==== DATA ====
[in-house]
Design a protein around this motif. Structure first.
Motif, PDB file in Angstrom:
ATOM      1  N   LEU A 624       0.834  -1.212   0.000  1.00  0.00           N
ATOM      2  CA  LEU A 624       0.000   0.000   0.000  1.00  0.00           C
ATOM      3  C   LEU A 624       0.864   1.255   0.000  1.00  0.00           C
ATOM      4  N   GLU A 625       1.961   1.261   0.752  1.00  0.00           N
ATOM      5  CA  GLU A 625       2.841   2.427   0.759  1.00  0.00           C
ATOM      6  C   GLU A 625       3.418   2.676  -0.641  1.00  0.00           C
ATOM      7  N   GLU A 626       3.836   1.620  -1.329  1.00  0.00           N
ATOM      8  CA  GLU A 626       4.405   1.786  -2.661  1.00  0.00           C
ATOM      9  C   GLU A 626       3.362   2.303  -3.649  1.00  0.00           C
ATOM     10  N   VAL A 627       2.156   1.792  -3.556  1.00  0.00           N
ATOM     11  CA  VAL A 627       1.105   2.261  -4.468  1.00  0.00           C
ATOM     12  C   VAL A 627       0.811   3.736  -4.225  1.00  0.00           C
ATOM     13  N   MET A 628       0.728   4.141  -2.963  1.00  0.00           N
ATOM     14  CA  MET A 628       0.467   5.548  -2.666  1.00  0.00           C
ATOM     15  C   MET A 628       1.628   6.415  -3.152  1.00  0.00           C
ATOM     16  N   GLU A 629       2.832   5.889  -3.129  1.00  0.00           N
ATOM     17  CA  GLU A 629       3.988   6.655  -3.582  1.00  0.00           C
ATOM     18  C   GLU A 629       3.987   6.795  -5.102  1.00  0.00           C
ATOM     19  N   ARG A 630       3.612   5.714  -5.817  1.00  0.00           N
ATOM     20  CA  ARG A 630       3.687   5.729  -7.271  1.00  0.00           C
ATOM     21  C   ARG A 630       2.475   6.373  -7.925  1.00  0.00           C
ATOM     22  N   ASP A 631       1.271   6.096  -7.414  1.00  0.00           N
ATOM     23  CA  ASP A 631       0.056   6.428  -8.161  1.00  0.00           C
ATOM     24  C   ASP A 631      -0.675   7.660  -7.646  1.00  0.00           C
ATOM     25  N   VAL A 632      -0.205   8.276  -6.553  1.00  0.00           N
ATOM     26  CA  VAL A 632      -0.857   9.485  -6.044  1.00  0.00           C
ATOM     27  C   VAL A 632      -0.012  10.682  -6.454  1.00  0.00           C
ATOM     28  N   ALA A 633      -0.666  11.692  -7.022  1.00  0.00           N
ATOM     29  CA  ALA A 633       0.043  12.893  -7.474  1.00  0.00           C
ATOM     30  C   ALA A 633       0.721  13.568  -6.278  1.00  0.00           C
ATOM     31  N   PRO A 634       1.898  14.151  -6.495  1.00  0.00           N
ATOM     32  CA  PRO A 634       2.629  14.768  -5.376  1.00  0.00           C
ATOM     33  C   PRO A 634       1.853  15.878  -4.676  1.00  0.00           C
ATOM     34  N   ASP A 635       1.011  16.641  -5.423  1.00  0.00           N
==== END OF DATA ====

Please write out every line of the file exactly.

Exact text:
[in-house]
Design a protein around this motif. Structure first.
Motif, PDB file in Angstrom:
ATOM      1  N   LEU A 624       0.834  -1.212   0.000  1.00  0.00           N
ATOM      2  CA  LEU A 624       0.000   0.000   0.000  1.00  0.00           C
ATOM      3  C   LEU A 624       0.864   1.255   0.000  1.00  0.00           C
ATOM      4  N   GLU A 625       1.961   1.261   0.752  1.00  0.00           N
ATOM      5  CA  GLU A 625       2.841   2.427   0.759  1.00  0.00           C
ATOM      6  C   GLU A 625       3.418   2.676  -0.641  1.00  0.00           C
ATOM      7  N   GLU A 626       3.836   1.620  -1.329  1.00  0.00           N
ATOM      8  CA  GLU A 626       4.405   1.786  -2.661  1.00  0.00           C
ATOM      9  C   GLU A 626       3.362   2.303  -3.649  1.00  0.00           C
ATOM     10  N   VAL A 627       2.156   1.792  -3.556  1.00  0.00           N
ATOM     11  CA  VAL A 627       1.105   2.261  -4.468  1.00  0.00           C
ATOM     12  C   VAL A 627       0.811   3.736  -4.225  1.00  0.00           C
ATOM     13  N   MET A 628       0.728   4.141  -2.963  1.00  0.00           N
ATOM     14  CA  MET A 628       0.467   5.548  -2.666  1.00  0.00           C
ATOM     15  C   MET A 628       1.628   6.415  -3.152  1.00  0.00           C
ATOM     16  N   GLU A 629       2.832   5.889  -3.129  1.00  0.00           N
ATOM     17  CA  GLU A 629       3.988   6.655  -3.582  1.00  0.00           C
ATOM     18  C   GLU A 629       3.987   6.795  -5.102  1.00  0.00           C
ATOM     19  N   ARG A 630       3.612   5.714  -5.817  1.00  0.00           N
ATOM     20  CA  ARG A 630       3.687   5.729  -7.271  1.00  0.00           C
ATOM     21  C   ARG A 630       2.475   6.373  -7.925  1.00  0.00           C
ATOM     22  N   ASP A 631       1.271   6.096  -7.414  1.00  0.00           N
ATOM     23  CA  ASP A 631       0.056   6.428  -8.161  1.00  0.00           C
ATOM     24  C   ASP A 631      -0.675   7.660  -7.646  1.00  0.00           C
ATOM     25  N   VAL A 632      -0.205   8.276  -6.553  1.00  0.00           N
ATOM     26  CA  VAL A 632      -0.857   9.485  -6.044  1.00  0.00           C
ATOM     27  C   VAL A 632      -0.012  10.682  -6.454  1.00  0.00           C
ATOM     28  N   ALA A 633      -0.666  11.692  -7.022  1.00  0.00           N
ATOM     29  CA  ALA A 633       0.043  12.893  -7.474  1.00  0.00           C
ATOM     30  C   ALA A 633       0.721  13.568  -6.278  1.00  0.00           C
ATOM     31  N   PRO A 634       1.898  14.151  -6.495  1.00  0.00           N
ATOM     32  CA  PRO A 634       2.629  14.768  -5.376  1.00  0.00           C
ATOM     33  C   PRO A 634       1.853  15.878  -4.676  1.00  0.00           C
ATOM     34  N   ASP A 635       1.011  16.641  -5.423  1.00  0.00           N